Updated January 2022.
Ten big advantages of a 529 plan account
A 529 college savings plan account is a straightforward vehicle for funding future education expenses. And the parents and grandparents that fund them are probably aware of the two main tax advantages the accounts offer. But 529 college savings plans have a lot of other big advantages.
1) No Tax on Earnings
Most people who have college funds for their children (or grandchildren) probably know that the primary benefit of a 529 plan account is that investment returns are not subject to income tax. Tax-free compounding means that more of your money is actually working for you.
2) No Taxes on Withdrawals
The other commonly understood advantage of 529 plan accounts is that distributions to pay qualified education expenses aren’t taxed.1 And the list of what qualifies is pretty extensive.
3) Contributions May be Deductible
Okay – and this is very important – contributions to 529 plan accounts are not deductible for federal income tax purposes! But the majority of states that impose a state income tax, also offer a deduction for at least a portion of contributions made to 529 plan accounts.
4) Contribution Opportunities are Huge!
Annual contribution limits vary by state and typically apply to the contributor, not the account.2 In most cases, there are no annual contribution limits and lifetime account opportunities are generally in excess of $200,000.
5) Waiver of Annual Gift tax Exclusion
Gifts to other people are generally limited to $16,000 per year per donor. Anything over that becomes taxable. And it’s the donor who pays the tax. But 529 plan accounts get a special pass. lump sum of $160,000 ($16,000 x 2 x 5) into a 529 plan account and characterize it as five separate gifts of $32,000 ($16,000 x 2).
You can front load contributions and average them over five years. So, a married couple could deposit a lump sum of $160,000 ($16,000 x 2 x 5) into a 529 plan account and characterize it as five separate gifts of $32,000 ($16,000 x 2).
6) No Income tax Reporting Requirements over the $16,000 gift tax exclusion
Contributions to 529 plan accounts that are over the $16,000 gift tax exclusion should be documented in a gift tax return. But there is no annual income tax reporting requirement for the contributions you make to 529 plan accounts…no matter how large those contributions are.
7) No Income Limits
Tax-deferred retirement accounts, like Traditional and Roth IRAs, have limitations on how much (if anything) you can contribute based on your income. Contributions to 529 plan accounts have no income-based limits. You can contribute up to account limits regardless of how much money you make.
8) Contributions are out of Your Estate
Contributions you make to a 529 plan account are gifts. Therefore, they’re out of your estate. But you don’t lose control of the money. Assets in 529 plan accounts don’t pass to beneficiaries. You decide how funds get used. You can change beneficiaries, even naming yourself.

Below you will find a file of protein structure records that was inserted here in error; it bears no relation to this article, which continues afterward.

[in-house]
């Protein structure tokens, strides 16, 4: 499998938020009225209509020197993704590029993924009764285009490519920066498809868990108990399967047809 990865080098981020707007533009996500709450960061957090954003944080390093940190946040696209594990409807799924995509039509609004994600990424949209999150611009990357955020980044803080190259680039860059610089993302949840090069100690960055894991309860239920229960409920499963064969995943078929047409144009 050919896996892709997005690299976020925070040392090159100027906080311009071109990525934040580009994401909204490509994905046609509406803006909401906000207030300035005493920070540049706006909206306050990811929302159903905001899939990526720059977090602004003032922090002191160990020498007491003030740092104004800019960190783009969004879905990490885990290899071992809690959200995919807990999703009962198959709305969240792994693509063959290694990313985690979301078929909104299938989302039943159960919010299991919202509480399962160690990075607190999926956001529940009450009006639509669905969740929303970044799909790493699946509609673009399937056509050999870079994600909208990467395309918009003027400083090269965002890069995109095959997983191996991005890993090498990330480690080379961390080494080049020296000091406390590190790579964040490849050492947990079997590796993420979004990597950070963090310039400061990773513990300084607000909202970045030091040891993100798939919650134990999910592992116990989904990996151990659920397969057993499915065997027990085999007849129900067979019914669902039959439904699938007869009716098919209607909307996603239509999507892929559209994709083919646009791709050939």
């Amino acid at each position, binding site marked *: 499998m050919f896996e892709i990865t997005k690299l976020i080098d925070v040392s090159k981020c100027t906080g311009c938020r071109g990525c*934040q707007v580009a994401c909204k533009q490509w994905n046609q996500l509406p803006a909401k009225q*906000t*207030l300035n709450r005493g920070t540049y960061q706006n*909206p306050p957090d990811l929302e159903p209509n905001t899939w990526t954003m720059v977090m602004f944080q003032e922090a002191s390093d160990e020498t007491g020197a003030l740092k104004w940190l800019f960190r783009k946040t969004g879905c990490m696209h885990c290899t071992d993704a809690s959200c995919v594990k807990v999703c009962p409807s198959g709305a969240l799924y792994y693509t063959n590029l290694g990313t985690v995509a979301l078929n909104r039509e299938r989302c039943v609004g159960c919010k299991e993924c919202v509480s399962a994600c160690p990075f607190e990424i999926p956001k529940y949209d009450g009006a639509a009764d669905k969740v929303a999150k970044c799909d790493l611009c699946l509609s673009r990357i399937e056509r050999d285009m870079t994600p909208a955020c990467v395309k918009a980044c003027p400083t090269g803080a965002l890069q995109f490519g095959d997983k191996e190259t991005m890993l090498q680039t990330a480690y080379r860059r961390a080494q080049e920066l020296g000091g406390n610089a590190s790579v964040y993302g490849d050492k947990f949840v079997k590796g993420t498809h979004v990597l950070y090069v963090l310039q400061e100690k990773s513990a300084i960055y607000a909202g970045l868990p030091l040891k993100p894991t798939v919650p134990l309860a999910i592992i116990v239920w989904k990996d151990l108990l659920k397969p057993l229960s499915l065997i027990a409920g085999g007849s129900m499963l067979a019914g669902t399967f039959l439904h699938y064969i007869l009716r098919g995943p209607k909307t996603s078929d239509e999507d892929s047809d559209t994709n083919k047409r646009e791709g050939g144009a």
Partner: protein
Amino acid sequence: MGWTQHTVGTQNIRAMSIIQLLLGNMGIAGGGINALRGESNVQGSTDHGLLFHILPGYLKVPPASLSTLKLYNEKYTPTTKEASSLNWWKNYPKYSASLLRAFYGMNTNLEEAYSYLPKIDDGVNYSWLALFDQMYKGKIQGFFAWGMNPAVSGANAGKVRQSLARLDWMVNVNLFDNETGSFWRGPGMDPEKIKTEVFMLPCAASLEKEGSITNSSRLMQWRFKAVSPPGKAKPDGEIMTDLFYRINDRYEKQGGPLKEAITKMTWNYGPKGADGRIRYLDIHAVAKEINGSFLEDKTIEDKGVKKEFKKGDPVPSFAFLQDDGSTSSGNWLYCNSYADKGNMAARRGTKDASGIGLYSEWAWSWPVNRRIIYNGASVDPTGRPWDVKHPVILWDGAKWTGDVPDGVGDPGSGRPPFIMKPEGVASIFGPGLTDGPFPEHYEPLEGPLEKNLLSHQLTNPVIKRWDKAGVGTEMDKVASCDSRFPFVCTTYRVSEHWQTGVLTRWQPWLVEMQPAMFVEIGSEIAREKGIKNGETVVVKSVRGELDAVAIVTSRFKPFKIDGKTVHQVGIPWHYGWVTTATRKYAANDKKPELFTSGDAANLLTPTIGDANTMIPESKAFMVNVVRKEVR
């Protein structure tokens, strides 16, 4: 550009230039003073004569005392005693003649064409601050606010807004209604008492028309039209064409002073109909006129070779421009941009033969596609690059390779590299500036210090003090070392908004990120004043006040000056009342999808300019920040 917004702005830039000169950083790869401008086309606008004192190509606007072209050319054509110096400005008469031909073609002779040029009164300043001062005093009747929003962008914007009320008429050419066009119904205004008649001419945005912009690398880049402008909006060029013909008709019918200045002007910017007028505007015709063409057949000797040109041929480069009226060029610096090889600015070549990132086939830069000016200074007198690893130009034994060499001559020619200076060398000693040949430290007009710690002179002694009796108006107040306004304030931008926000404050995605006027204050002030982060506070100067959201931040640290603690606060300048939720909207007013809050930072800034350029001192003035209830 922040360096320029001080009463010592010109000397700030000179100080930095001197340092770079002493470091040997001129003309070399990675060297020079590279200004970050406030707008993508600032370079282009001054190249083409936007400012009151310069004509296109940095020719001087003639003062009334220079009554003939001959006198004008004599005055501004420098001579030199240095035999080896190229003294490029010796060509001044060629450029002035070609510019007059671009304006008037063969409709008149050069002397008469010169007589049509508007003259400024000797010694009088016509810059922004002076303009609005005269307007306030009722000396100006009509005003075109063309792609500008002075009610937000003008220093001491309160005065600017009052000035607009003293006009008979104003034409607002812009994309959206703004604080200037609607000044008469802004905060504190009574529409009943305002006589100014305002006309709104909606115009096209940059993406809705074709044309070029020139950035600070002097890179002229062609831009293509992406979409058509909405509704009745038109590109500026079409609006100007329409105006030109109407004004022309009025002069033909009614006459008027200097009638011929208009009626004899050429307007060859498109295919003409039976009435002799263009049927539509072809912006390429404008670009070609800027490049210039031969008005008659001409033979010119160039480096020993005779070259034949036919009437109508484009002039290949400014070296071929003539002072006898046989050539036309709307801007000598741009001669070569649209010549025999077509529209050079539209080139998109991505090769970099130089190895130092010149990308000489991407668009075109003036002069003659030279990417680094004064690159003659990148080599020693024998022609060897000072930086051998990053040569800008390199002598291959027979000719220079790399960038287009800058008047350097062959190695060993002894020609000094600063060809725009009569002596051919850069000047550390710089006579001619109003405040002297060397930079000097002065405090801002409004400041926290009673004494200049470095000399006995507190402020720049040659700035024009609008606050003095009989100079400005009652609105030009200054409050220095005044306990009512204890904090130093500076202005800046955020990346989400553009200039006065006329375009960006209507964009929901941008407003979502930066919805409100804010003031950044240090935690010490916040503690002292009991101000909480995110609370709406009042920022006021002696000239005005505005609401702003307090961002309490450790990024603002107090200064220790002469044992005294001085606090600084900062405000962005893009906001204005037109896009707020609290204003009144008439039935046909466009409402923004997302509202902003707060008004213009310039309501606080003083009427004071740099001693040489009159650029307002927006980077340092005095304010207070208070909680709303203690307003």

9) Anyone can Contribute
You are not the only person who can contribute to the 529 plan accounts you open for your kids. So, the more people (grandparents, family, friends, distant relatives, coworkers, etc.) contributing to those accounts, the faster funds can be invested and the greater the opportunity they’ll have for tax-free compounding.
10) There are no Restrictions on Fund Withdrawals
You can withdraw money from a 529 plan account any time for any reason. Still, they really should be used just to pay for qualified education expenses. Distributions for anything else create a taxable event and may trigger additional penalties.
Taxes and penalties apply to earnings. Principal (what you contributed) isn’t taxed or penalized. But if you’ve been contributing to an account for a long time, the earnings could be worth much more than the principal. And the penalties can be severe.
Earnings withdrawn are taxed at your effective federal (and state, if any) tax rate. Then, the federal penalty is 10 percent. The state may also impose penalties. And any state income tax deduction or credit you took on contributions could also be subject to recapture.
The tax and penalty will be liable to the person who reports the income. That could be you or the account’s beneficiary.
Explore Your Options
For more information about 529 college savings plans, visit our website. Or call one of our Investment Specialists at (800) 235-8396.
1 In some cases, withdrawals may be subject to state tax.
2 There are exceptions for ABLE accounts, which provide tax-free savings to cover qualified disability expenses. Sources: IRS.gov, SSA.gov, Savingforcollege.com.